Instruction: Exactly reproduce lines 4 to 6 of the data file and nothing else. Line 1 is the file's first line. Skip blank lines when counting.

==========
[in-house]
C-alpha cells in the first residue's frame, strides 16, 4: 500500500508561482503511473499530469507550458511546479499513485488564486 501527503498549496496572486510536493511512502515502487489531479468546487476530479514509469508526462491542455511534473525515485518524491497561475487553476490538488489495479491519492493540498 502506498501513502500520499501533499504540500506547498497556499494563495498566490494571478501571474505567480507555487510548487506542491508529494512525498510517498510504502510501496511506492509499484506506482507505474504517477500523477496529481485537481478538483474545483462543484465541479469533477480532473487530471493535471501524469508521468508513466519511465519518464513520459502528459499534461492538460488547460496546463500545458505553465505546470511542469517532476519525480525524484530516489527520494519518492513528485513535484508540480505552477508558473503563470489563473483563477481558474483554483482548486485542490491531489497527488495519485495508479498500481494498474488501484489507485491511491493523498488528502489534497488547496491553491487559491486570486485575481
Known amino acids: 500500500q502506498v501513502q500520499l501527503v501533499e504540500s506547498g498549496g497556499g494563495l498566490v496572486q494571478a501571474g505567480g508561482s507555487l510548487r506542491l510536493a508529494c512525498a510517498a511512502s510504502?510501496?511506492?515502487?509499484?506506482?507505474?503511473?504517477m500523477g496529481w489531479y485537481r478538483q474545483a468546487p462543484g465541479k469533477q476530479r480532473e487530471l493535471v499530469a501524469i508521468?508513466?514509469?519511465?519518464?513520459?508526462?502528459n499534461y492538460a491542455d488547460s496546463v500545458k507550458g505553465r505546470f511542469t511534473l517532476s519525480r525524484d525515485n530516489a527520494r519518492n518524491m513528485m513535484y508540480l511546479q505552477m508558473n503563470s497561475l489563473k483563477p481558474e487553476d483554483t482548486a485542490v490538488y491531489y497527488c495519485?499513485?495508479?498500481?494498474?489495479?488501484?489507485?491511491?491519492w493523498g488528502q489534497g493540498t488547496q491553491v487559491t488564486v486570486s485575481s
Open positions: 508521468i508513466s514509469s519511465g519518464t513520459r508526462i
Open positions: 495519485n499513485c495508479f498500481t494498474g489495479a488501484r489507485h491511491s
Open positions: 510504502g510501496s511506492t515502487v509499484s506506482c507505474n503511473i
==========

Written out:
Open positions: 508521468i508513466s514509469s519511465g519518464t513520459r508526462i
Open positions: 495519485n499513485c495508479f498500481t494498474g489495479a488501484r489507485h491511491s
Open positions: 510504502g510501496s511506492t515502487v509499484s506506482c507505474n503511473i